Facebook Pixel Unposed Posing: Tried and True Tips for Photographing Families in Natural and Fun Ways

Unposed Posing: Tried and True Tips for Photographing Families in Natural and Fun Ways


verb: to present oneself insincerely
noun: a deliberate pretense or exaggerated display

I’m not a fan of posed portraits. I’m not even a fan of the word. Insincere exaggerated pretense is not how I want my images to look. I want honest responses, full-body laughter, and spills of emotion. A posed portrait maybe has a place in this world, but I am banking on my client’s children and my own children wanting to look back at pictures from their childhood and see their real reactions and meaningful expressions. You can’t get that in a pose. But you can get it in a set-up.

I use a couple tried and true set-ups every time I do a family shoot. I used to worry that all of my work would start looking the same and I would be known as the photographer that always takes pictures that look like this or that and nothing more. What I have realized though is when the ingredients are different, the end result never looks the same. Families bring their own energy to a shoot and even if I do the same “pose”, if I do it well and give it my all, it will never look the same as another family doing the same thing. To best illustrate this I am showing three different families doing the very same set-up.

Secrets don’t make Friends




But they do make for good pictures. The Set-Up: ask anyone in the picture to tell anyone else a secret. Honestly it doesn’t matter who because often it isn’t the secret shot itself that you are going for, but rather the reaction of said secret. Every once in a while I get a kiddo that doesn’t understand what a secret is or how to do it and when this happens I just tell them to lick their brother/sister/moms ear. Which would totally gross me out personally, but usually gets met with fits of hysterical laughter and there ain’t nothing bad about photographing that instead.

Line ‘Em Up




Like crows on a clothesline. The Set-Up: with a younger family, I get away with asking everyone to hold hands. Once kids get a little older, I just have everyone get on the same level. This takes on a different direction every time: a running contest, a stadium-style wave, a monkey swing. The goal is always interaction. And if that isn’t happening on it’s own, I find it’s never a bad idea to bust into song. Everyone likes a serenade. 

Surprise Attack




Kids take great delight in getting to run up behind their unknowing big people and surprise hug/tackle them. The Set-Up: if kids are too young to understand this or too old for it to work without being awkward, reverse it and have parents do the sneak attack. I usually save this for the end of a shoot because sometimes it can get a little crazy. Though my photography business has still never caused an emergency room visit. That I know of.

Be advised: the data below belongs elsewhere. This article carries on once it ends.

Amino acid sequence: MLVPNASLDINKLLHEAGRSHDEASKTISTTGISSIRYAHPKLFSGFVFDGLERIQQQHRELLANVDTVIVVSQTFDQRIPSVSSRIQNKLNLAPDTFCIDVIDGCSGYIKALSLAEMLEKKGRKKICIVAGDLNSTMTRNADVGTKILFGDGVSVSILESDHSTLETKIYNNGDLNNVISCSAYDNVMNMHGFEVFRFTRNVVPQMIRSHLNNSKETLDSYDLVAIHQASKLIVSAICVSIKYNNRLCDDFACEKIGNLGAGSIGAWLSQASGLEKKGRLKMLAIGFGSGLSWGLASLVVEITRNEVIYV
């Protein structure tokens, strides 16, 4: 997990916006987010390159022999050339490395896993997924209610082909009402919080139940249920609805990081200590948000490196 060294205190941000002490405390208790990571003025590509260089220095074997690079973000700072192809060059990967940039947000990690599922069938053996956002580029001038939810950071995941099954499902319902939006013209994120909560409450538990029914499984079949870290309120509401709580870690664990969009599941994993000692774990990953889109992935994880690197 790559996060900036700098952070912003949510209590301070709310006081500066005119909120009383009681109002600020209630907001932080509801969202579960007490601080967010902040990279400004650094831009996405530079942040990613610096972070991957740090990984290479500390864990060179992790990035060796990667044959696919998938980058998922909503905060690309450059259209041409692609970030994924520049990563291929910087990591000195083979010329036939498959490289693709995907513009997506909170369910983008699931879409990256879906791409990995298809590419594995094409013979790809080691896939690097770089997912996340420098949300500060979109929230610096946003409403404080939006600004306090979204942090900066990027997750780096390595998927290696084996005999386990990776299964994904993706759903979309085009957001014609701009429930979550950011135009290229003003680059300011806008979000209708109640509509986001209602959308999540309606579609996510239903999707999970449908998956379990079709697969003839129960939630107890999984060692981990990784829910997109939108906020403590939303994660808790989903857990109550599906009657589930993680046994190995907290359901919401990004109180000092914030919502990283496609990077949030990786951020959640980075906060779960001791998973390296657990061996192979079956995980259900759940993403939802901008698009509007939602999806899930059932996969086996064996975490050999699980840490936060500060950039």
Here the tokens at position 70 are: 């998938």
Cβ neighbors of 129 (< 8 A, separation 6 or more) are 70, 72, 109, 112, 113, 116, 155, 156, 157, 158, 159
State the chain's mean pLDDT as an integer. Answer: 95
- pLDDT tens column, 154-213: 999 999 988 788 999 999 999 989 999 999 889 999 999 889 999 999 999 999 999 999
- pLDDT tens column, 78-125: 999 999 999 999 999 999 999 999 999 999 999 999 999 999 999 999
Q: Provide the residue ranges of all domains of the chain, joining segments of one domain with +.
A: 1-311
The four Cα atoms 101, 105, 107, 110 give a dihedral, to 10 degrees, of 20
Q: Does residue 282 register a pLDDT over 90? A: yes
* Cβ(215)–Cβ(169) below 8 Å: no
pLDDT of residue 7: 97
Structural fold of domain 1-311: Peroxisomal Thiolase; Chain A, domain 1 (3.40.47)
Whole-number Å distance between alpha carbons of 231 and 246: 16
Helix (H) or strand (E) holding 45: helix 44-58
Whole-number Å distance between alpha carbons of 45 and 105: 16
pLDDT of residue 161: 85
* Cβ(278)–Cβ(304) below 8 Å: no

Kid Sandwich




Grown-ups are bread, kids are peanut butter and jelly. Or, pickles and prosciutto. (I’ve photographed some very sophisticated young folks.) The Set-Up: Depending on size and age of kids, have parents bookend the little people and either pick-up kids and smash everyone together, or just get low enough to make it work. If there are more kids than adults, this can get really funny but it’s quick. Be ready and consider being a bit lower than you usually would, as the pull of gravity is heavy here because the kids likely are too.

Giant Hug

HUG1 1

HUG2 1

HUG3 1

Now is probably a good time to mention that I get laughed at a lot. Usually 95% of what I ask people to do for photos is met with a sweet but certain: “I absolutely will not do that.” I just ignore that. Because they always do in the end. No one has ever flat-out refused and told me no when it comes down to it. Which may be something I should factor into my personal relationship issues, but that’s a different article. The Set-Up: This typically works best when you ask a grown-up to have REALLY BIG ARMS and hug everyone at the same time. Sometimes this requires encouragement and you have to think of yourself as a little hugging cheerleader. When I have to do this, I am just grateful that there is no one videoing my crazy hand motions and the way my voice gets squeaky.





My goal for each shoot is to do something random that I have never done before. When doing this, don’t over think it. It will work or it won’t; those are the only two options. If it works, great! You have a new idea. If it doesn’t work, great!

Now you know to never try that again and hopefully no one was sent to the emergency room in the process. The Set-Up: This is a good time to really shoot for the moon, knowing that it’s nothing more than a bonus. It honestly could be anything. Be brave and ask for something new—you’ll know pretty quickly if it’s going to work and there is nothing wrong with it not working—just know to move on.

These ideas, as with any type of lifestyle photography posing are about the reaction, not the concept itself. Shooting digitally allows us the ability to shoot constantly; keep the expectation open and allow the moment to play for itself. And have a funny song in your back pocket just in case.

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Lynsey Mattingly
Lynsey Mattingly

photographs families, kids, couples, and other groups of people who, for whatever reason, kind of like each other. Her portrait work has been featured in People Magazine, Us Weekly, BBC Magazine, and on national TV including CNN, Oprah, and Ellen, but most importantly, in the personal galleries of clients across the country. Her photography can be viewed at www.lynseymattingly.com or on Facebook.

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